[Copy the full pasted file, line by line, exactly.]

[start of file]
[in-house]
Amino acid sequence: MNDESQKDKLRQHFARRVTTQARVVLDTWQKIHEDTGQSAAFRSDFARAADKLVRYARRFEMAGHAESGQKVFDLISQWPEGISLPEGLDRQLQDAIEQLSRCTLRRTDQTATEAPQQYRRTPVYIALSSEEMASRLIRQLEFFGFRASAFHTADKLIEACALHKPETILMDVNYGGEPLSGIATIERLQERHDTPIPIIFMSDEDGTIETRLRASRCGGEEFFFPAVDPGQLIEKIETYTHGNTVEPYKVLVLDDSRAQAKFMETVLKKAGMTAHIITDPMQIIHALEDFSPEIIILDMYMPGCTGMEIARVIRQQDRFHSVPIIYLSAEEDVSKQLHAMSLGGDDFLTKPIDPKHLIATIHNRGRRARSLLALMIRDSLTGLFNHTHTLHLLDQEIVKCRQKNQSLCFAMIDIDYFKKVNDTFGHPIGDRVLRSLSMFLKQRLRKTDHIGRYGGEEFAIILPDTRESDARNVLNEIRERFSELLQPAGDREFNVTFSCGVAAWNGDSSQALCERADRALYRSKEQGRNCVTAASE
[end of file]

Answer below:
[in-house]
Amino acid sequence: MNDESQKDKLRQHFARRVTTQARVVLDTWQKIHEDTGQSAAFRSDFARAADKLVRYARRFEMAGHAESGQKVFDLISQWPEGISLPEGLDRQLQDAIEQLSRCTLRRTDQTATEAPQQYRRTPVYIALSSEEMASRLIRQLEFFGFRASAFHTADKLIEACALHKPETILMDVNYGGEPLSGIATIERLQERHDTPIPIIFMSDEDGTIETRLRASRCGGEEFFFPAVDPGQLIEKIETYTHGNTVEPYKVLVLDDSRAQAKFMETVLKKAGMTAHIITDPMQIIHALEDFSPEIIILDMYMPGCTGMEIARVIRQQDRFHSVPIIYLSAEEDVSKQLHAMSLGGDDFLTKPIDPKHLIATIHNRGRRARSLLALMIRDSLTGLFNHTHTLHLLDQEIVKCRQKNQSLCFAMIDIDYFKKVNDTFGHPIGDRVLRSLSMFLKQRLRKTDHIGRYGGEEFAIILPDTRESDARNVLNEIRERFSELLQPAGDREFNVTFSCGVAAWNGDSSQALCERADRALYRSKEQGRNCVTAASE